Waiting for the Light to Come

Hi. I’m Cassondra, and I have no curtains on most of my windows.

 Hi….I’m Cassondra, and  I leave my Christmas tree up until Groundhog Day each year.

 Hi…I hoard big boxes of 100 watt, incandescent bulbs, because they’re getting hard to find.  I need them.

 I have huge, six-by-three-foot windows all along the front of my house, but I may add skylights.

 I go to the tanning bed a few times each winter, just for the melatonin hit.

 Hi, I’m Cassondra, and I’m a lightaholic.

 It’s true.   Every bit of it.

 I know, I know, with the whole Goth chick, night-dwelling, coffin-sleeping image, you wouldn’t guess, would you?

 This vampire needs a lot of light.


 When I was a little girl, about this time every year, I’d go out with my dad to feed the cattle twice a day.  All bundled up in so many layers that my arms stuck out like a tiny, poofy blue scarecrow with fur trim, I’d follow him out there into the cold field beside the barn, and climb onto the back of the truck, throwing all of my skinny, five-year-old weight into shoving bales of hay off the tailgate, onto the ground in the chosen spots, while he drove artificially slow so I could do my part of the job.

 He could have done it in half the time without me.

 We went early in the morning, just after breakfast, and late in the evening, just before dark, which, in mid-December, came about five o’clock. 

 Once the hay bales were opened and the bundles scattered so all the cows could have their share, my dad would use an axe handle to bust the ice on the pond, and then we’d head for the warmth of the truck, crunching side-by-side across the frozen ground, mission accomplished.

 But about mid-January every year, my dad would stop, part way to the truck, and look up at the sunset sky.  He’d push his hat back on his head and squint toward the western horizon, at the cold, winter-pink sunset behind the bare branches of the woods at the back of the farm.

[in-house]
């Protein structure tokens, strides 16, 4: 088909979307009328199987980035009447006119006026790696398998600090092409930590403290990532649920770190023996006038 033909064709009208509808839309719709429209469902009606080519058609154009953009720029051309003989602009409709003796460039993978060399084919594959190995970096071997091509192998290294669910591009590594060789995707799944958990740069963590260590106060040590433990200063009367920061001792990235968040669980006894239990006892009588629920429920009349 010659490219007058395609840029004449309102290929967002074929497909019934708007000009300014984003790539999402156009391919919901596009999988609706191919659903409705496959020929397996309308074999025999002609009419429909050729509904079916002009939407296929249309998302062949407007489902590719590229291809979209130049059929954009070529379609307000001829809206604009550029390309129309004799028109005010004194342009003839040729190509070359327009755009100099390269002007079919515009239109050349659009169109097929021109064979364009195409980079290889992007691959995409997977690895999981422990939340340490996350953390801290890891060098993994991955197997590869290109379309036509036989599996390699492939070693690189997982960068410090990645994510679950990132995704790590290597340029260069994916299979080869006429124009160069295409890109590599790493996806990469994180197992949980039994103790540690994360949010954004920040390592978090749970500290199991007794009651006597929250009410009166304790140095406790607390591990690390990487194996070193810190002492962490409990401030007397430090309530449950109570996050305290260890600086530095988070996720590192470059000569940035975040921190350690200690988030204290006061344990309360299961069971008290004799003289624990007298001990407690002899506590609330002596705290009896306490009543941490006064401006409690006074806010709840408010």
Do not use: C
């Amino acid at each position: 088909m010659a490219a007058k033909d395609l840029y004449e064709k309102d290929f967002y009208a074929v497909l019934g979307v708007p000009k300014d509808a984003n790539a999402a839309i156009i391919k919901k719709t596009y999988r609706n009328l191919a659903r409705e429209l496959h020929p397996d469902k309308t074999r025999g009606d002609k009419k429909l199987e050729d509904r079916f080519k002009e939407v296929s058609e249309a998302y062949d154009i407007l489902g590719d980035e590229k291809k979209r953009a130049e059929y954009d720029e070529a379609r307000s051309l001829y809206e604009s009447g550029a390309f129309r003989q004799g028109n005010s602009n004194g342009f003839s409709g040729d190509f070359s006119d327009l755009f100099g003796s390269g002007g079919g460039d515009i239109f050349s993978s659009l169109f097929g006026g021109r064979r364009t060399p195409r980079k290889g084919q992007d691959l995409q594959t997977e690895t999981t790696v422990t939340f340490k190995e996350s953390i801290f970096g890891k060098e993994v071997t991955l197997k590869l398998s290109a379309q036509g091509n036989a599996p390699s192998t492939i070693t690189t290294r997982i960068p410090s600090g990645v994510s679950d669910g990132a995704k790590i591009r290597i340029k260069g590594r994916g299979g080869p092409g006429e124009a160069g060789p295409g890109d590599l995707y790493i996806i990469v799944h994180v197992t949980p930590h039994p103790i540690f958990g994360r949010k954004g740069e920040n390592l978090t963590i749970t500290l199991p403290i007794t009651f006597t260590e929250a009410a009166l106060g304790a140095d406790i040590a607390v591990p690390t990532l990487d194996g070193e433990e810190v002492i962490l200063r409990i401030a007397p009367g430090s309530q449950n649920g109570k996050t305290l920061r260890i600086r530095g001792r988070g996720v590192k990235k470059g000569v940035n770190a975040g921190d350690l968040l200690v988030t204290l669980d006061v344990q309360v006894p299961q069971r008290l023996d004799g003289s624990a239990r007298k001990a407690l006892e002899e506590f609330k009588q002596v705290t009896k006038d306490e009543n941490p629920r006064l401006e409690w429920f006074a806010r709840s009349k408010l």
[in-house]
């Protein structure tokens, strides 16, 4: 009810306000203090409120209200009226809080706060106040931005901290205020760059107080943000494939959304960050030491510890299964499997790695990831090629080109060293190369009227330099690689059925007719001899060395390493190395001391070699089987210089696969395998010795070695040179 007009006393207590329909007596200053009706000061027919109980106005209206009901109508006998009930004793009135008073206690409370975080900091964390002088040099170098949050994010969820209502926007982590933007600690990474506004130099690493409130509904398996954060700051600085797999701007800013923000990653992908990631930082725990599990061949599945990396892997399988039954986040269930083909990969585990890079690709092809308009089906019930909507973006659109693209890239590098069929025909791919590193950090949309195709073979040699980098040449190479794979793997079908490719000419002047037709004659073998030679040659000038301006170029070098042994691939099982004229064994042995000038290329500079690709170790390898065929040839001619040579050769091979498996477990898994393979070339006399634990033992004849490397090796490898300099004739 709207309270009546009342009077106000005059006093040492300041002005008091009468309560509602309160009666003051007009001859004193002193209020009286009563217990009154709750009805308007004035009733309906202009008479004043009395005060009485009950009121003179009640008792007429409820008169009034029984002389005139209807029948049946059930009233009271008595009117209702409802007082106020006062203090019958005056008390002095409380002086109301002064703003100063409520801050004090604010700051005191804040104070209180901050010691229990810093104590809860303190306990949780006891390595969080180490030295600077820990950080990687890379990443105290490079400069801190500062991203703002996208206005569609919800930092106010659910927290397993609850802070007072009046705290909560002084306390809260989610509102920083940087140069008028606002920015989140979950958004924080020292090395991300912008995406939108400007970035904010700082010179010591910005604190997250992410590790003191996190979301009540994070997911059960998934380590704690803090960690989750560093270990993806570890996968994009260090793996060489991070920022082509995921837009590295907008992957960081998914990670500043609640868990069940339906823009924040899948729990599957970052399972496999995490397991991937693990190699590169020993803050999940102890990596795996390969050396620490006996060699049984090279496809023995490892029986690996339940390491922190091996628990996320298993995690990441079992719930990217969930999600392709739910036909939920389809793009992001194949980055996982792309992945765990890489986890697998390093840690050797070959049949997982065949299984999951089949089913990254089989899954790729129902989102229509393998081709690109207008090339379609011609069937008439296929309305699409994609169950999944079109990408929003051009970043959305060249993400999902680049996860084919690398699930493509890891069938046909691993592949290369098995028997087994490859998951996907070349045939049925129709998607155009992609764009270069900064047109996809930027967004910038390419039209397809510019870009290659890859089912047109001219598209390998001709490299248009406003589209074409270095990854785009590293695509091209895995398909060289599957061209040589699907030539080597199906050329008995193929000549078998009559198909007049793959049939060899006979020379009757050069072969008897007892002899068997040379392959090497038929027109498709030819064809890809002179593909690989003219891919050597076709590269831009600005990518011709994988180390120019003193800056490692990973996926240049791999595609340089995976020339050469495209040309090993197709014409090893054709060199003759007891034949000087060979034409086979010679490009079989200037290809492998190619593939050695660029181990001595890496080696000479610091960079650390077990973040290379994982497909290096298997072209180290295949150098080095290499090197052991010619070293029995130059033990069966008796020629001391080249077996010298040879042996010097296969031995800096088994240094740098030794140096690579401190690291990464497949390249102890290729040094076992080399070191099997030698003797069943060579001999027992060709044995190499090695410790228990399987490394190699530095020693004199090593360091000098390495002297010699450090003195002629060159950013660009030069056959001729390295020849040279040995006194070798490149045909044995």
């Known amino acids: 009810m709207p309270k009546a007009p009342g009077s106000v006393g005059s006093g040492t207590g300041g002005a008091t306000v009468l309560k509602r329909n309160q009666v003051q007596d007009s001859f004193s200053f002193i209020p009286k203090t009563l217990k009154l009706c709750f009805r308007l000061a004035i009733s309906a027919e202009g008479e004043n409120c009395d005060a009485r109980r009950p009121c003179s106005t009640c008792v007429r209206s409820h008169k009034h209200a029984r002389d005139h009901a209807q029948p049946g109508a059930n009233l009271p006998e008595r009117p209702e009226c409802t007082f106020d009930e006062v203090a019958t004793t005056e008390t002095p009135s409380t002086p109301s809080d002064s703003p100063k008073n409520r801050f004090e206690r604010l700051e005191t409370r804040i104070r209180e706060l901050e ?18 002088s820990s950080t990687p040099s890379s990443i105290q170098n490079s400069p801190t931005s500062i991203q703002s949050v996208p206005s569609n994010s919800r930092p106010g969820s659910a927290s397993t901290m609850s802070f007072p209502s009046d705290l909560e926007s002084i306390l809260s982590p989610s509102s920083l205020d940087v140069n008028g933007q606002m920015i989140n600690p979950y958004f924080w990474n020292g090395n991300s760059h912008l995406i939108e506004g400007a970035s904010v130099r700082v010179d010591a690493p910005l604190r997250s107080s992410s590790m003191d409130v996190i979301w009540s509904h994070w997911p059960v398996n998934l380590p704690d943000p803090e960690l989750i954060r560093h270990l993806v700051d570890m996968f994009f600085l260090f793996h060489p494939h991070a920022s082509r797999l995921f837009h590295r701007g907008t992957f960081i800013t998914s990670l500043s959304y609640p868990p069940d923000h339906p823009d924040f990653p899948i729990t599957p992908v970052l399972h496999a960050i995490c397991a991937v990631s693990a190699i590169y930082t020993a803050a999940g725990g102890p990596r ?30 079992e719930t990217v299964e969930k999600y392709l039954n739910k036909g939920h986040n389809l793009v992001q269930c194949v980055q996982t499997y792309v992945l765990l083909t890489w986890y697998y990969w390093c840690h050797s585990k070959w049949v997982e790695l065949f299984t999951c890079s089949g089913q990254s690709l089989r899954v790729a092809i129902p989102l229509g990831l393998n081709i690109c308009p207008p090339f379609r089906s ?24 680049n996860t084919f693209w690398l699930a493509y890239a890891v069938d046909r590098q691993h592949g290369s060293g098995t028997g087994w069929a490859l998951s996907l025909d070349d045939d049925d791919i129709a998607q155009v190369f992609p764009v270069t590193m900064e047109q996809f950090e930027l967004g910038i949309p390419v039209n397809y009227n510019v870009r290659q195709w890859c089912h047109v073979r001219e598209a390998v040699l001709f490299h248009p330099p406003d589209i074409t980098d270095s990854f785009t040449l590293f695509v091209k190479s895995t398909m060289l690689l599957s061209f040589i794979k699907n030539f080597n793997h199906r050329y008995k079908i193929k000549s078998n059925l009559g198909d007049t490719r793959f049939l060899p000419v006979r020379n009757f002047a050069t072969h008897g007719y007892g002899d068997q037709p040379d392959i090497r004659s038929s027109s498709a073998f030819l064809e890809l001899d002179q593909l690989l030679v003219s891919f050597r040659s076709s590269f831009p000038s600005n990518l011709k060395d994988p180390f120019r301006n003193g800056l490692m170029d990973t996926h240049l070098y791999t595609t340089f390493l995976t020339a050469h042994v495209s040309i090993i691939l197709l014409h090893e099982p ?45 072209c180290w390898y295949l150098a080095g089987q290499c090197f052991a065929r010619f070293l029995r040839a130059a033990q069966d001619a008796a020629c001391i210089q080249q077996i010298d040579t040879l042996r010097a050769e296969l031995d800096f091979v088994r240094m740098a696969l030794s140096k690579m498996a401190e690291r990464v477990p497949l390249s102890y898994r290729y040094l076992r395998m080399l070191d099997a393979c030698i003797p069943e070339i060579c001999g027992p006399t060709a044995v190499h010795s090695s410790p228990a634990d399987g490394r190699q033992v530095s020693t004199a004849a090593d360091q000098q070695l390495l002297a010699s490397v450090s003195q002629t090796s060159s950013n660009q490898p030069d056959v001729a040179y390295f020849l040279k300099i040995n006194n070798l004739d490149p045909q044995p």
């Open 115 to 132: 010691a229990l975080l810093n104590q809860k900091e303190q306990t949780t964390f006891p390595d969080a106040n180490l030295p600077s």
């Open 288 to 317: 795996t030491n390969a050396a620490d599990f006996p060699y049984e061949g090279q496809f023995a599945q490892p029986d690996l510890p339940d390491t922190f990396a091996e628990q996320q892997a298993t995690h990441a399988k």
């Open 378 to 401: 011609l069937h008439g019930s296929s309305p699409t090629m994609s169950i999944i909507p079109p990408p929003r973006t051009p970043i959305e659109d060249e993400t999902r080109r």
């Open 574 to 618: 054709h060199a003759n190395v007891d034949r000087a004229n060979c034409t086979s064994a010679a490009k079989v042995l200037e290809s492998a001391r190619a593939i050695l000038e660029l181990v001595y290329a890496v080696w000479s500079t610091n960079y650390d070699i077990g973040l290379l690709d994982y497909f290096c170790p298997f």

And he’d say, “Days are gittin’ longer.”

 I’d stand beside him in my poofy blue, little-girl fur, and squint at that same pale pink light, and say, “Yep.”

 On those long, cold nights, we’d go back to the house, down to the basement where half of the floor was concrete and the other half packed dirt, and we’d sit around the wood stove.  Under the dim light of one bulb, my dad would sharpen his pocket knife.  Sometimes we’d roast chestnuts or peanuts in the shells, watching the fire blaze warm and bright through the holes in the stove dampers. 

 We were waiting for the light to come.

 I never asked my dad how he felt about the dark days of winter.  I didn’t have to.  He was a farmer.  He lived his life by the light of day, waited for it, so he could do his work.  Waiting for the earth to green so he could plow the ground, sow the seeds for his crops, plant his garden, and carry on. He lived and fed his family by watching the light. Depending on it.  Needing it.

 Sometimes I think it’s silly, the way I need the light.  Each year, on June 22nd, I’m overcome with a sense of dread.  I smoosh it down, so people don’t notice. But it’s there, in the background all summer and fall.  About mid-October, I mark my calendar for December 21st and the vigil begins.  I am waiting for the return of the light. 

I don’t want to live without four distinct seasons, but I know, now, that I could not live up north like Bandita Susan, or Bandit Buddy Jane.  I have SADD disease.  Sunlight Affective Depressive Disorder.   I don’t know if I was born with it, or developed it at some point along the way, but  this is why I hit the tanning beds a few times each winter. The short winter days….they are not good for me.  I need the light.

 That’s why I leave my Christmas tree up. The sparkle of the lights cheers me through the dark part of the year.

 This time of year, I get in touch with my inner Druid.  The one who, many centuries ago, probably danced under the full moon each month (maybe naked…scary thought)and celebrated each turning point in the Wheel of the Year.

 Groundhog Day, February 2nd, is the day I wait for.  Known as Imbolc, it’s the point when the returning light picks up serious speed in its fight to overcome the darkness. 

 If I can keep a bit of sparkle around me, ala Christmas lights, candles, or any source of fire, until Groundhog Day, I’ll be okay.  I can keep my spirits bright. The light gains about one minute a day, this time of year while the earth rests.  For the Druids, that was enough to celebrate the coming of the light.

 It’s enough for me, too.